Dissonance, not EUphoria

I grew up in the 60s and 70s. This, apparently, was the time Britain was great. If I was asked to describe my memories, in colour I would say predominantly brown, unreliable and slightly scary. The 70s was the decade that style forgot. We had power cuts, shortages of things like sugar in shops, and IRA bombs – not just bomb scares but actual exploding bombs.

This appears to be the Britain British voters have decided was cool and we need to return to.

That’s an over-simplification. People will have voted Leave for all sorts of reasons, one of which is “to give government a kicking”. Because government, whoever does it, will always be in the way for some people.

As I write, the pound is falling calamitously, as are stock markets. The tentative gains made over the past 8 years, since the previous crash, wiped out in a matter of hours. That austerity that you’re fed up with? If it’s the right strategy, we’ll have years more of it now, because it’s not accomplished anything significant or secure.

Some adjustments to our economy are desperately required. House prices are way too high. We are too dependent on the City. But an overnight correction is a brutal way to adjust.

It’s the pulling down of opportunity that I resent. Yesterday I was with my daughter on a university visit. We were told about overseas study, which she’s interested in, and how an Erasmus grant (from the EU) will often help. Not for her, it won’t. We are middle class and have discovered the joys of holidaying in Europe. That’s about to get harder.

All very middle class. It’s the protest, though, of the growing group of people for whom hope is already dimmed that has led to the probable Exit vote. People who may well have struggled at school because they couldn’t see any value in getting an education when there weren’t any jobs at home. People who have seen their communities decimated in the name of economic progress. People who gave their lives to employers, only to find there was no loyalty in return. People who fear what remains being swamped by immigrants, but who don’t have the resources to do anything about it. It’s those people who have been alienated by the political establishment for years and years and years. And they’ve now bitten back.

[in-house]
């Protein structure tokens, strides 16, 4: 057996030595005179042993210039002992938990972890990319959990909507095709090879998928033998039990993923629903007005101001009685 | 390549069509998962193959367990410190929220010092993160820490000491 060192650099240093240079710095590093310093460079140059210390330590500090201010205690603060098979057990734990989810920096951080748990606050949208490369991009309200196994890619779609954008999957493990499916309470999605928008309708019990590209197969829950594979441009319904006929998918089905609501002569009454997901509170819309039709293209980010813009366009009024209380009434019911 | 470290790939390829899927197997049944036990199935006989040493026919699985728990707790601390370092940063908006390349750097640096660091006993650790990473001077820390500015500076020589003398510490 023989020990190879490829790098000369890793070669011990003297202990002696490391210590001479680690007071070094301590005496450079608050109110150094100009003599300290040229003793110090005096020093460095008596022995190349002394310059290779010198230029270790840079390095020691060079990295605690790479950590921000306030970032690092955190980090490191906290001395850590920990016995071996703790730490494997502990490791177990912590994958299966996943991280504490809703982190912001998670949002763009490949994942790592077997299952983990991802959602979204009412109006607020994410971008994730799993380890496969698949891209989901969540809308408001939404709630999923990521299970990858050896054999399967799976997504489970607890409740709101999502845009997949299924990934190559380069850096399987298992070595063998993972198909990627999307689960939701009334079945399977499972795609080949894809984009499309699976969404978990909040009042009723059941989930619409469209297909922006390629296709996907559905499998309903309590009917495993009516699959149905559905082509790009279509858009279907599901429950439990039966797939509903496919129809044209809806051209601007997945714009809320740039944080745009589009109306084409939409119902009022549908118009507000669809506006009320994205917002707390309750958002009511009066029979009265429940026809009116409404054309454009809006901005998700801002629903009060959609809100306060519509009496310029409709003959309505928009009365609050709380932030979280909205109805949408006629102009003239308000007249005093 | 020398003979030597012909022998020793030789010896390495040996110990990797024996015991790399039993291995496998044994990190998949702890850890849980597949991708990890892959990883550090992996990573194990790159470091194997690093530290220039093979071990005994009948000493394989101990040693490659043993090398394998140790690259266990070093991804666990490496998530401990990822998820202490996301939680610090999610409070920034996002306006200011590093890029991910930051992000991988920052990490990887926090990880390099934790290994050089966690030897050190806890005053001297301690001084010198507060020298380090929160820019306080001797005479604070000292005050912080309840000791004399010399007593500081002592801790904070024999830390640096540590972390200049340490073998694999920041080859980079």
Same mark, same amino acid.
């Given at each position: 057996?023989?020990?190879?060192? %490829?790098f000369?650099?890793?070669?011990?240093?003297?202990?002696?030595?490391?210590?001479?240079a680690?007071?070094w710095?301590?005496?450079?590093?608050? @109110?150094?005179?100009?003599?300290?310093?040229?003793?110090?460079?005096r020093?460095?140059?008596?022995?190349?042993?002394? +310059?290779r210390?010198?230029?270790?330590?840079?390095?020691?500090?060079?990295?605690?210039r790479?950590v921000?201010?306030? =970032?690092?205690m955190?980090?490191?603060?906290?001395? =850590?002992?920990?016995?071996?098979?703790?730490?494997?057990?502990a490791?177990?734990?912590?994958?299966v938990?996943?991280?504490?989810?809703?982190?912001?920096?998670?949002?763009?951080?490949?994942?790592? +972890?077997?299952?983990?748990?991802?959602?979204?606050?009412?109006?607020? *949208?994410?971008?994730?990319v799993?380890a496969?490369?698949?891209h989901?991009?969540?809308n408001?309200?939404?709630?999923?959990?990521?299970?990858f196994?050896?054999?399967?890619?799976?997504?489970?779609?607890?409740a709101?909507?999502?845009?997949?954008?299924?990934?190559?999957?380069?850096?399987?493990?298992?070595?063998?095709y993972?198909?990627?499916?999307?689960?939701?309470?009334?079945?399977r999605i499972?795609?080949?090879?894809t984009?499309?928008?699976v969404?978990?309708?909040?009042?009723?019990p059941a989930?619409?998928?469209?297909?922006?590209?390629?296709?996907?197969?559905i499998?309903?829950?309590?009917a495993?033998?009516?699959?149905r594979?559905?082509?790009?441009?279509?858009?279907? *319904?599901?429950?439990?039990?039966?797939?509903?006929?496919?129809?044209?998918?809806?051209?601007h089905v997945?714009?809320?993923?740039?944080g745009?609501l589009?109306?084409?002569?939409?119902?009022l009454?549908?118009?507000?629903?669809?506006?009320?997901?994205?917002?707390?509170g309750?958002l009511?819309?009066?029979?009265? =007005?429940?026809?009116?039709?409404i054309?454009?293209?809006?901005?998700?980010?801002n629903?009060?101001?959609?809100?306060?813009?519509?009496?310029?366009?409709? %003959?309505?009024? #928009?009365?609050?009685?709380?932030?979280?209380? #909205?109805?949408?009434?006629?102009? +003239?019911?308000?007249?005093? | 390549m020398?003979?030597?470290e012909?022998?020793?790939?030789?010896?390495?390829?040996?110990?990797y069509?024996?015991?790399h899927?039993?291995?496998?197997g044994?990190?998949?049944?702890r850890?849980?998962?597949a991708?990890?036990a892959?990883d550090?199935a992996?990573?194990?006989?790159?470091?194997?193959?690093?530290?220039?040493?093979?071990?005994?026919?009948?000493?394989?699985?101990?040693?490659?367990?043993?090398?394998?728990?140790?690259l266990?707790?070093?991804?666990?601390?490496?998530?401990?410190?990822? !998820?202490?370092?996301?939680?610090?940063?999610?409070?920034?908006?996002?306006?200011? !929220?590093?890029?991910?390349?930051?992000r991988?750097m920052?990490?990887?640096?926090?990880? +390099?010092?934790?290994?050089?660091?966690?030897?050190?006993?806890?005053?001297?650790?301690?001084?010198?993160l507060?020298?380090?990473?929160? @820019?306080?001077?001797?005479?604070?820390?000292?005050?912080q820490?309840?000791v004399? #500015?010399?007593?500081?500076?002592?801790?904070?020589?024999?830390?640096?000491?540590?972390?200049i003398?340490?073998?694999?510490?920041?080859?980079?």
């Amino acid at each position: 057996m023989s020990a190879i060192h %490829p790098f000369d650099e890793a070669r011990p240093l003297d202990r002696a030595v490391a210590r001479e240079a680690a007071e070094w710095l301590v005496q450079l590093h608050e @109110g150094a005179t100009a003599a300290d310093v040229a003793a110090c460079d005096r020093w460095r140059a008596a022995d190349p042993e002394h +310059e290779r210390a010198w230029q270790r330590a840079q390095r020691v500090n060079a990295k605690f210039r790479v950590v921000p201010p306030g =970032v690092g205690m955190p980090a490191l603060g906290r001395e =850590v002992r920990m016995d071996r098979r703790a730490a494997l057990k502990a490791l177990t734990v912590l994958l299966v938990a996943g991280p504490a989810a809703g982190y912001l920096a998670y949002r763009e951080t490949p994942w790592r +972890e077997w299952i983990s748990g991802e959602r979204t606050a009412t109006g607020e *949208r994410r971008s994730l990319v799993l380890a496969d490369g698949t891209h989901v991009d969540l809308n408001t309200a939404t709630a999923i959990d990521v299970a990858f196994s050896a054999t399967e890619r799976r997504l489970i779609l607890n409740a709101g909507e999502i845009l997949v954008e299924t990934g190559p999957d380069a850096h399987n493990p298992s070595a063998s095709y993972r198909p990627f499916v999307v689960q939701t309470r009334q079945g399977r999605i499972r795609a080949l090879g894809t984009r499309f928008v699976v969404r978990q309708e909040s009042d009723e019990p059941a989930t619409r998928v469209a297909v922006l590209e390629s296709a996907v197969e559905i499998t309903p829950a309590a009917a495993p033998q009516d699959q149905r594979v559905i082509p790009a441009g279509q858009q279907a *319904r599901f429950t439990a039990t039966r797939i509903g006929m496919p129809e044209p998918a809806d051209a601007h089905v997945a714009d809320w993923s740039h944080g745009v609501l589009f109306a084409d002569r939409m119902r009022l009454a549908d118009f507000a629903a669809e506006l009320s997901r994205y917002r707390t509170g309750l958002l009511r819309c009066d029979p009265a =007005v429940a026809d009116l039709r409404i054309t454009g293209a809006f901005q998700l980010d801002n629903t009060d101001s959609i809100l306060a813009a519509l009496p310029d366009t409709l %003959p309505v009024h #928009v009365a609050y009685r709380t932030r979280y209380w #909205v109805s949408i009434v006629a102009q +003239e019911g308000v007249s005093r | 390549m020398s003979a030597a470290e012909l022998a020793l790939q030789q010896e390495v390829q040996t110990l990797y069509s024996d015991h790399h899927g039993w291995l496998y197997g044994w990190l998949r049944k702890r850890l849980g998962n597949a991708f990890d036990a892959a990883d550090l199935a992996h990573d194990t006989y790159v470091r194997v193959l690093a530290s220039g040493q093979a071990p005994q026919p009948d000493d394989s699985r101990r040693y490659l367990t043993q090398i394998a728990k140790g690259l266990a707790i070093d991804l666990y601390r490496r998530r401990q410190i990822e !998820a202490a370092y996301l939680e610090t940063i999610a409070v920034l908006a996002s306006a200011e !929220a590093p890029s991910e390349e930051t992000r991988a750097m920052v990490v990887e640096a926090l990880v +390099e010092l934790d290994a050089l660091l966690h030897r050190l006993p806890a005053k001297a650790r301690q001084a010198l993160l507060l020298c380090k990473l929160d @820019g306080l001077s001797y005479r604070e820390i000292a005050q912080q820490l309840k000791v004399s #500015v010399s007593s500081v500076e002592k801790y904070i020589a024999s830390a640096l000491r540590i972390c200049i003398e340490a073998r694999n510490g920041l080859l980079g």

Attracted by the idea of getting Britain back, because in the 70s their communities at least had jobs and some level of hope and purpose. And they object to being called stupid or close-minded. Their vote is as powerful as anyone else’s.

I don’t know what the future holds. I am scared, terrified even, that the nasty, raw underbelly of British society that has now been exposed, the one that lashes out in a bulldog spirit, will mean that our progress to a less discriminatory society will be halted, reversed even. I can only see things becoming more competitive, more ugly, more brutal. Standing against it, by trying to point out another way, could be dangerous.

Of course we won’t return to a carbon copy of the 70s. But bobbing outside a large economic area, Britain is now much more likely to suffer the storms that race around a globalised economy. Those storms are severe.

Our political future is also not assured. Cameron gambled on this referendum, and lost. He ignored the drip, drip, drip of negative stories over decades about Europe. The press has shown itself, again, of being capable of shaping long term attitudes. Given the ownership and unaccountability of the press, this is also dangerous. Scotland, which voted clearly to remain in the EU, will now clamour to be independent – especially given the background of what appears to be Cameron’s broken promises. Government, which had been paralysed for months, will now be distracted by negotiations in which we do not have a winning hand, distractions which Boris Johnson admitted were unnecessary only a few months ago.

The left needs to reconnect to those desperate communities. Corbyn may have done a little, but his stance on the EU may make that difficult to continue. The Lib Dems could do it, but it will have to be by community activism, and not media coverage and, in lots of those communities, the Lib Dems have no presence worth speaking of. What will replace UKIP? How effectively will the Tories heal?

Business-wise, do I batten down the hatches and see what the weather is like in a few months time? Will I gave to lay off people? Will a crash knock out some of my customers and so reduce my company’s income?

All this result does is give us headaches.


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